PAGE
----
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Greg Chappell ends tenure with India

Greg Chappell, the coach of the Indian cricket team, will not be seeking an extension of his contract, which expired at the end of the World Cup. Chappell informed the board president of his decision on Wednesday, citing "family and personal reasons."

Cricinfo staff

Greg Chappell: 'I wish Indian cricket and all those involved with it much joy and success in the future' © AFP
Greg Chappell brought the curtain down on a controversial tenure as India's coach by announcing today that he would not be seeking an extension of his contract, which had ended along with India's participation in the World Cup. Chappell informed the board president of his decision on Wednesday, citing "family and personal reasons."
Chappell, 58, had served as coach since June 2005.
Sharad Pawar, the BCCI president, said that Chappell had informed him about his decision in the afternoon. "Chappell's contract is over. It was up to the World Cup", Pawar told reporters. "I got a telephone call from him in the afternoon. Due to his family and personal reasons he was not interested in continuing the contract. He thanked BCCI for the opportunity."
Chappell's decision follows India's early exit from the World Cup, and the resulting war of words in the media between Chappell and senior players. The BCCI had convened a meeting in Mumbai on Friday and Saturday to review the team's performance in the Caribbean, and was expected to take several hard decisions.
Chappell had been asked to attend the meeting - he is in Mumbai and is likely to keep that appointment - and present a detailed report on his tenure. The past few days have seen the Indian media carry what it claimed to be extracts from Chappell's report that were scathing of the performance of senior players. That led to reactions, again in the media, by unnamed senior players.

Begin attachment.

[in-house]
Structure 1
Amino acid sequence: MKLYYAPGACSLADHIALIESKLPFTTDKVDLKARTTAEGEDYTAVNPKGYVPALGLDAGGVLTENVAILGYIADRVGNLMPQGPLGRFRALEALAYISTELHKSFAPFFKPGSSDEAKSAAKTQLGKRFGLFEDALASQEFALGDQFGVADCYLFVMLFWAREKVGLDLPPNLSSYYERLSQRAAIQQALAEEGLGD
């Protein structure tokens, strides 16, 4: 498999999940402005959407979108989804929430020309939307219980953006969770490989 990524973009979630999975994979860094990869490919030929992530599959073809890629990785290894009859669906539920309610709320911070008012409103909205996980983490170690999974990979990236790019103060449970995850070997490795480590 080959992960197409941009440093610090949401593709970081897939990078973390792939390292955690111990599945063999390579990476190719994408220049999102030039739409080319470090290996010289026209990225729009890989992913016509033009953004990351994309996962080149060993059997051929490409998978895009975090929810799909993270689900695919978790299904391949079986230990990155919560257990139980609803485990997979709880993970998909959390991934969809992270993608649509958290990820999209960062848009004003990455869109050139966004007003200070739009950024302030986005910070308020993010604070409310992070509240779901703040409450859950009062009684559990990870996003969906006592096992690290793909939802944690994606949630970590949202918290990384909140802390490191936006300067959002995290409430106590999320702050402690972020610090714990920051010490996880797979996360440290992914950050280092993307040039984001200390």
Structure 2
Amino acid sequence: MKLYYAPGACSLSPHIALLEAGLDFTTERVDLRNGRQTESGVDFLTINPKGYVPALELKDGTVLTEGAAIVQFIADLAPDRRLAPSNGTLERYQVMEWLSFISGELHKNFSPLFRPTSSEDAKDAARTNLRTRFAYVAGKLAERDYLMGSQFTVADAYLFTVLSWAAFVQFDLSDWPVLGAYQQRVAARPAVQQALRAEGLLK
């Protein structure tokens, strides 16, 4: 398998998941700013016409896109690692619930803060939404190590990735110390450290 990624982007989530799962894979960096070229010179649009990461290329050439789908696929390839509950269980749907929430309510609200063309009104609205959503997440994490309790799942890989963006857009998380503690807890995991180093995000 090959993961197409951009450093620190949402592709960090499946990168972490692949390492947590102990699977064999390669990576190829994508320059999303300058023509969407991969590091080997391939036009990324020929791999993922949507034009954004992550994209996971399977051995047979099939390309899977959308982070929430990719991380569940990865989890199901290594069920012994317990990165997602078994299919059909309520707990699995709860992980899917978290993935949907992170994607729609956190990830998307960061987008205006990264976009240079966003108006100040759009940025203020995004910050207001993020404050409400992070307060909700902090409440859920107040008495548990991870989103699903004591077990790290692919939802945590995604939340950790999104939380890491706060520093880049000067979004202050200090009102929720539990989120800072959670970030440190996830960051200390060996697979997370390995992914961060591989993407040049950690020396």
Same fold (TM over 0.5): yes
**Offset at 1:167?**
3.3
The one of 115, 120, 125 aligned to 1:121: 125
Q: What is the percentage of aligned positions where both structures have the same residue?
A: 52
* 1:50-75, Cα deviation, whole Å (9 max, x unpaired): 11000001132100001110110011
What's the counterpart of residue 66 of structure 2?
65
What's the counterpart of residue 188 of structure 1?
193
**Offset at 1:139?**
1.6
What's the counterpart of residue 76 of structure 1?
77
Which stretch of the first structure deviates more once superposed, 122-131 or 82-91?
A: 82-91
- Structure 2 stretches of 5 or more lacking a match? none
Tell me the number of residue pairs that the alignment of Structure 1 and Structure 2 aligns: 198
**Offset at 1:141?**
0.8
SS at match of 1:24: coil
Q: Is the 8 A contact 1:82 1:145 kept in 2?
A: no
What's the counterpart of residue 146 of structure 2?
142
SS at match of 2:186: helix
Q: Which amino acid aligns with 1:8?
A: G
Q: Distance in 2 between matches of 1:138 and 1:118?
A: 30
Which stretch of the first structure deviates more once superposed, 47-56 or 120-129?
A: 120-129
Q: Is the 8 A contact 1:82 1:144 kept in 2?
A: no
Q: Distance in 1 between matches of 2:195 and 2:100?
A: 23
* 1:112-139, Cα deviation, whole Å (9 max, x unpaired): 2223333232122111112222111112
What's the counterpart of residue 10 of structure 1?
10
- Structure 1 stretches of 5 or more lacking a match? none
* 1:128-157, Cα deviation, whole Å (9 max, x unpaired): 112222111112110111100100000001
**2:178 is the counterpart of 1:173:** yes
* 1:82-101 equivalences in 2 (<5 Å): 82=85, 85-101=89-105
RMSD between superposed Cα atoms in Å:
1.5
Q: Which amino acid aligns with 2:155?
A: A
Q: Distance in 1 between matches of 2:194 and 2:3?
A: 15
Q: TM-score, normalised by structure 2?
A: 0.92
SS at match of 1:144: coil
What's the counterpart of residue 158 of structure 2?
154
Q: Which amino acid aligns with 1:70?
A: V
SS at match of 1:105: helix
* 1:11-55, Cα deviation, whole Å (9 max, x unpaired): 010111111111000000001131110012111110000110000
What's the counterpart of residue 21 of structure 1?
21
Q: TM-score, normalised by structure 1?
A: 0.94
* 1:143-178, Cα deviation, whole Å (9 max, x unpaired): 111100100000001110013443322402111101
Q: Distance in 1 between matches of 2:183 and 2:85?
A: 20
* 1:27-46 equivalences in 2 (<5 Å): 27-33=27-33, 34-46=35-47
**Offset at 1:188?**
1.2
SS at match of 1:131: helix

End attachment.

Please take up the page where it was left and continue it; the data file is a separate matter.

What resulted was a clear divide, as reported by Cricinfo, between Chappell and the team management, including captain Rahul Dravid, and the senior players.
The simmering controversy seemed to boil over on Wednesday morning when The Times of India published an interview with Sachin Tendulkar - known for avoiding comment on controversial topics - in which he made several pointed remarks about Chappell.
"We do realise that we played badly and, as a team, we take full responsibility for that", Tendulkar said. "But what hurt us most is if the coach has questioned our attitude."
Within hours of that interview being published, Chappell announced his decision to not seek an extension of his contract.
There is no word from the BCCI on a possible successor. India's next assignment is a Test and one-day series in Bangladesh next month and the Board may appoint an interim coach while scouting for a long-term prospect.
Chappell's tenure included a record-breaking run of India winning 17 ODIs while chasing, and a Test series win in the West Indies. It saw several young players, including S Sreesanth and Dinesh Karthik, breaking through into the national side to some acclaim. But it also had its share of controversy, which appeared to stem from a hardline, no-nonsense attitude.
His tenure began with a bitter and public feud with Sourav Ganguly, who was team captain when Chappell took charge but was sacked, after Chappell suggested he sit out a match on a tour of Zimbabwe, within four months.
Ganguly returned to the national team during last year's tour of South Africa. He was among the runs then, and ensured his selection to the World Cup side; he continued scoring in the Caribbean but the team management was apparently unhappy with his slow scoring rate.
In his letter, released to the media, Chappell, said, "I am grateful to the players with whom I have worked in this time for the challenges that they presented me with and which I tried to meet in a professional, methodical and interesting way in the interests of the team and the individual."
He went on to thank the support staff who worked with him for their efforts. "I would like to make special mention of my support staff without whom I would not have survived the rigours of the past 22 months," he said. "Ian Frazer and Greg King deserve special mention for their efforts as do John Gloster, S Ramakrishnan and Ramesh Mane. I am particularly grateful for the wonderful support of my family, especially my wife Judy, who has enjoyed the experience as much as I."
Chappell also had a word for the people of India who followed cricket so passionately. "The people of India deserve a special mention as they are the ones whose attention, enthusiasm and love and support drive the great game, and business, of cricket in this country, and around the world," he said. "I thank them all, especially those who have written to me and the thousands who have gone out of their way to come up to me with well wishes."